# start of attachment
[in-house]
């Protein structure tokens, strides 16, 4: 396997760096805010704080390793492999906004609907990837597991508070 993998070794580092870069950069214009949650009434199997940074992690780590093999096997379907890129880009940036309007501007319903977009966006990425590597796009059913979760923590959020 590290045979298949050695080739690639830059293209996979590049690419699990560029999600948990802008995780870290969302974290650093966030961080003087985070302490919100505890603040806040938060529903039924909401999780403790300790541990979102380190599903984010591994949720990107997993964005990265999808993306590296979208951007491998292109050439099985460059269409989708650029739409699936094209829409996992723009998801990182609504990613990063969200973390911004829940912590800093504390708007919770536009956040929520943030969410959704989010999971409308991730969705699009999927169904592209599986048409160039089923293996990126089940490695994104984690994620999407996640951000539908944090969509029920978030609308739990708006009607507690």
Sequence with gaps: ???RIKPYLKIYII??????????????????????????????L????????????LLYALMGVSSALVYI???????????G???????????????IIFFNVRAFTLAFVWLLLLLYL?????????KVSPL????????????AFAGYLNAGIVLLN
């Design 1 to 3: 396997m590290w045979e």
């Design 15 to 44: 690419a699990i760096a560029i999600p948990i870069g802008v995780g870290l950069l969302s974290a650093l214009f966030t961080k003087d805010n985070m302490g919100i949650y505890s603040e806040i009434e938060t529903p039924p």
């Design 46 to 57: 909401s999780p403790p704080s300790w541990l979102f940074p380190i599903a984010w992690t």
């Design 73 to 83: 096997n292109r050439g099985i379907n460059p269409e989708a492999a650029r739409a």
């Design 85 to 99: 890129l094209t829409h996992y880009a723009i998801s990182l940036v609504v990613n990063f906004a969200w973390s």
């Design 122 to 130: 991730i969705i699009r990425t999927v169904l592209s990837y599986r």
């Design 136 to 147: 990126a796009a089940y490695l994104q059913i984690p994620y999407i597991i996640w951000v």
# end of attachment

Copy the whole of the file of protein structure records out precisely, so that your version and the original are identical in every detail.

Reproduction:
[in-house]
């Protein structure tokens, strides 16, 4: 396997760096805010704080390793492999906004609907990837597991508070 993998070794580092870069950069214009949650009434199997940074992690780590093999096997379907890129880009940036309007501007319903977009966006990425590597796009059913979760923590959020 590290045979298949050695080739690639830059293209996979590049690419699990560029999600948990802008995780870290969302974290650093966030961080003087985070302490919100505890603040806040938060529903039924909401999780403790300790541990979102380190599903984010591994949720990107997993964005990265999808993306590296979208951007491998292109050439099985460059269409989708650029739409699936094209829409996992723009998801990182609504990613990063969200973390911004829940912590800093504390708007919770536009956040929520943030969410959704989010999971409308991730969705699009999927169904592209599986048409160039089923293996990126089940490695994104984690994620999407996640951000539908944090969509029920978030609308739990708006009607507690």
Sequence with gaps: ???RIKPYLKIYII??????????????????????????????L????????????LLYALMGVSSALVYI???????????G???????????????IIFFNVRAFTLAFVWLLLLLYL?????????KVSPL????????????AFAGYLNAGIVLLN
């Design 1 to 3: 396997m590290w045979e």
């Design 15 to 44: 690419a699990i760096a560029i999600p948990i870069g802008v995780g870290l950069l969302s974290a650093l214009f966030t961080k003087d805010n985070m302490g919100i949650y505890s603040e806040i009434e938060t529903p039924p």
């Design 46 to 57: 909401s999780p403790p704080s300790w541990l979102f940074p380190i599903a984010w992690t």
């Design 73 to 83: 096997n292109r050439g099985i379907n460059p269409e989708a492999a650029r739409a």
């Design 85 to 99: 890129l094209t829409h996992y880009a723009i998801s990182l940036v609504v990613n990063f906004a969200w973390s």
């Design 122 to 130: 991730i969705i699009r990425t999927v169904l592209s990837y599986r």
């Design 136 to 147: 990126a796009a089940y490695l994104q059913i984690p994620y999407i597991i996640w951000v």